The unassuming brilliance of Alexander Terekhov
For an author who has been shortlisted for all three of Russia’s major literary awards and won the 2012 National Bestseller Prize, Alexander Terekhov is delightfully modest. Dressed in a casual T-shirt and hoodie, he jumps up from his quiet coffee when interrupted, and patiently fields questions he’s heard far too many times before.
His celebrated 2009 book, The Stone Bridge, finally appeared in English last month. It revolves around the mystery of two teenagers and their murder-suicide on a Moscow bridge in 1943. It is an extraordinary exploration of the Stalin era that refuses "to boil the past down to simple, easily digestible anti-Soviet mush” , as he writes in the novel.
Part documentary, part postmodern fiction, this genre-defying work took Terekhov 10 years to write, with a total of five translators spending two years on the English version.
Of his decade pursuing this historical puzzle through the archives, Terekhov said: "It was a very thorny path. I had to bribe a lot of people and threaten others […] I don’t think you can reach an ultimate reality, but in working on this book I was like a detective looking for the truth.”
His sources ranged from monastic chronicles to Soviet newspapers. There are photographs and transcripts of interviews, alongside reflections on memory, with its "gaps and weaknesses” .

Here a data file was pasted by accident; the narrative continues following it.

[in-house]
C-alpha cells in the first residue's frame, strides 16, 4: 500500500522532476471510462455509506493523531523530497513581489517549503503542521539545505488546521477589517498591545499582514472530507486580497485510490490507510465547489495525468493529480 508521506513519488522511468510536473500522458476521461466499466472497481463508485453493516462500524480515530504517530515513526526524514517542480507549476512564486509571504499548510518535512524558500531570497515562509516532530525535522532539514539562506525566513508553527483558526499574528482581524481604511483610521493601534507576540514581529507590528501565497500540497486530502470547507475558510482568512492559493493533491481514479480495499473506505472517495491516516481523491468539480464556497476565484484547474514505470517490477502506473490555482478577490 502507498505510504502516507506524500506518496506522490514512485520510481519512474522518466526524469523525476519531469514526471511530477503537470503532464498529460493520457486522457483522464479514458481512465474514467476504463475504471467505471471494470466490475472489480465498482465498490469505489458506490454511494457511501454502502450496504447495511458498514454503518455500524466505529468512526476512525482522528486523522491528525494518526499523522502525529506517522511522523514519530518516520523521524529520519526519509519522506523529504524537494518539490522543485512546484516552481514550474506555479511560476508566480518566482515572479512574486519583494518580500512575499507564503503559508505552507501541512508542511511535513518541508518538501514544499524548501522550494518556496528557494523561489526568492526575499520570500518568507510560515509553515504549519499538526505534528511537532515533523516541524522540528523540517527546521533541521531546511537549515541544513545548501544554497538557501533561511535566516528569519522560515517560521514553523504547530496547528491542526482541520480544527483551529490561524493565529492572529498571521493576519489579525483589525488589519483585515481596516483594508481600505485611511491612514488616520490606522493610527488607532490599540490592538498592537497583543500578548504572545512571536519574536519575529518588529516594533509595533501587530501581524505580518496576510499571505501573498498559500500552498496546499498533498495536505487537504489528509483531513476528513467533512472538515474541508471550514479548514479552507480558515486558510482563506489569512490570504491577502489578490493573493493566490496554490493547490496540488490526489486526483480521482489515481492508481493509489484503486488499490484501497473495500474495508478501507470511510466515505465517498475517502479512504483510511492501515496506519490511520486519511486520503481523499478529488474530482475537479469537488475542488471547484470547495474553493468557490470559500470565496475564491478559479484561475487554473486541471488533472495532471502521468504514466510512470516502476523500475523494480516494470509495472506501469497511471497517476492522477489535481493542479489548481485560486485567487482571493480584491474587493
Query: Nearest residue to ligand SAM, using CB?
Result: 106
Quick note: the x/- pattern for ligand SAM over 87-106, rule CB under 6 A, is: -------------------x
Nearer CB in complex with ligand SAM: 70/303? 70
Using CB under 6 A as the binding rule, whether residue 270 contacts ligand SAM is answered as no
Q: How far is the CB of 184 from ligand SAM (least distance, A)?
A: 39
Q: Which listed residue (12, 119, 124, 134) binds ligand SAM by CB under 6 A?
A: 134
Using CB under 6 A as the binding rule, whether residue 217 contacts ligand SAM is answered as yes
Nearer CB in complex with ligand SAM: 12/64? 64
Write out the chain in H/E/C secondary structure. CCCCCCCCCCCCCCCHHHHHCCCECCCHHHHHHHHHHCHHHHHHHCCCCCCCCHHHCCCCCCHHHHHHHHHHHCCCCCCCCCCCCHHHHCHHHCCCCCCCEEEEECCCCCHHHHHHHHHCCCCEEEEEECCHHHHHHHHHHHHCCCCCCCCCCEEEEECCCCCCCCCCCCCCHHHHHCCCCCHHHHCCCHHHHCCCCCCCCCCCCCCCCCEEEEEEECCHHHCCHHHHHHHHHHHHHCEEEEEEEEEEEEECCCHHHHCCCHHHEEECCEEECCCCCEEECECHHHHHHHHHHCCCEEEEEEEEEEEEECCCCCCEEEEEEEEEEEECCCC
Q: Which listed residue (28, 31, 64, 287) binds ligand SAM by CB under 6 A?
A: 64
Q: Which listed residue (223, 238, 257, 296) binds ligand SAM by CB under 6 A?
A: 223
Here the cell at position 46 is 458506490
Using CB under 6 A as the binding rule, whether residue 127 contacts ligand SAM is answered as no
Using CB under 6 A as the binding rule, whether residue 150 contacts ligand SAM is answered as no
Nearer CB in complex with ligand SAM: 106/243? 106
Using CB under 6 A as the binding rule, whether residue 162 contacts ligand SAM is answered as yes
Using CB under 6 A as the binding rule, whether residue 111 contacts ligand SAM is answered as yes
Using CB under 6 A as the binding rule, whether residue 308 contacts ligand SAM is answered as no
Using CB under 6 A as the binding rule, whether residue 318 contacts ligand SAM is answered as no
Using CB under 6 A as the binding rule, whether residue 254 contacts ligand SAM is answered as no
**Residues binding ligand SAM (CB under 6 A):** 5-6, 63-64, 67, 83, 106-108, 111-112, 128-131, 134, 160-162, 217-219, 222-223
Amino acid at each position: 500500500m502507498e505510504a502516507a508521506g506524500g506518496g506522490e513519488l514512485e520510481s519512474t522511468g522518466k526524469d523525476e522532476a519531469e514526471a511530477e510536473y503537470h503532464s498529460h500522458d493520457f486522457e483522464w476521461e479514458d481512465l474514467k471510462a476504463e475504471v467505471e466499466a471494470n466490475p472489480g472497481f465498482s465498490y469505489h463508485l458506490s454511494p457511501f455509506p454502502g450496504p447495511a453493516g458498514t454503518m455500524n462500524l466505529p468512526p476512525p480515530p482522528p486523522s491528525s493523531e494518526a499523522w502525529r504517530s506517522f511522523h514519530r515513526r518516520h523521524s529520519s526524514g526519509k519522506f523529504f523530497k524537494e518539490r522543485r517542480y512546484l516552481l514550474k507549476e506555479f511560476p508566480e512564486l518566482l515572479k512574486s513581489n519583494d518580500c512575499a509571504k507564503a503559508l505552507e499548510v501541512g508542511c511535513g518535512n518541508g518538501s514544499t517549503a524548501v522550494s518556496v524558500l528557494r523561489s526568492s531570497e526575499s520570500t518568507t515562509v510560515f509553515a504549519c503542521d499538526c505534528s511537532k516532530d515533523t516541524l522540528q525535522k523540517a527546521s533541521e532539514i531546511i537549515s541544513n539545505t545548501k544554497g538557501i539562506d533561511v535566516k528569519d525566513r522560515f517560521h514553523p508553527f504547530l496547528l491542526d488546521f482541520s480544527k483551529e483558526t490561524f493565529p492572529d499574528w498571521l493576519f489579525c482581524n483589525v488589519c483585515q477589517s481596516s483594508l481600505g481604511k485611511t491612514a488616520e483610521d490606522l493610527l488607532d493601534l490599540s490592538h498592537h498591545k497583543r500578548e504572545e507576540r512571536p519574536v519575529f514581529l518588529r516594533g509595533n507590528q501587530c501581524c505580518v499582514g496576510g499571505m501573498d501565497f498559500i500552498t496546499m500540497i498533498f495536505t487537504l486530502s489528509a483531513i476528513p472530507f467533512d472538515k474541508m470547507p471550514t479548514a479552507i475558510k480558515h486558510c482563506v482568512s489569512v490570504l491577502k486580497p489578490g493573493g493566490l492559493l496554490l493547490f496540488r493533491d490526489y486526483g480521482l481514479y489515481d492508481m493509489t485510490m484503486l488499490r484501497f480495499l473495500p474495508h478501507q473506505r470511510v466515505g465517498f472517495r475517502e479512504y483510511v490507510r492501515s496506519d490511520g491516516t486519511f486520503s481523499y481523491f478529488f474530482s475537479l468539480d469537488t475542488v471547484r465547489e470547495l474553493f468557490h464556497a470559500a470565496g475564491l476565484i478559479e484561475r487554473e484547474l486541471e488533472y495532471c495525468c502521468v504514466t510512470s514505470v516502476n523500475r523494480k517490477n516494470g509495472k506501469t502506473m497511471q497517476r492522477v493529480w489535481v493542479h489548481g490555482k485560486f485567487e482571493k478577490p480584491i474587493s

Questions, not answers
Terekhov is clearly not someone who is comfortable with absolute statements. What does he think of London? "I am just a tourist,” he says. "The viewpoint of someone walking around Piccadilly with a pocket full of cash is not objective.”
Similarly, he refuses to give an opinion about the current situation in Ukraine, saying his views are no more valid than anyone else’s. Just as he does in The Stone Bridge, Terekhov prefers to raise more questions than he answers, even about his own work.
"Everything I wanted to say about the book, I wrote in the book,” he says. "It seems to me that it’s the reader who finishes writing it and has their own vision.”
Big city life
Terekhov was a journalist before he devoted his life to fiction and family. "While I was working on this book, I became a father of three children,” he tells the audience at the Waterstones Piccadilly bookshop, London, during an evening talk with the author within the frames of the London Book Fair.
This is not Terekhov’s first literary trip to London, and he always brings his kids along for the ride. Consequently, he told The Kompass, his London consists of "entertainment parks, museums and the zoo” . His middle son, a mini-version of his dad, looks up and grins.
Alexander Terekhov takes part in Read Russia at the London Book Fair, taking place on 8-10 April 2014. Check the full schedule here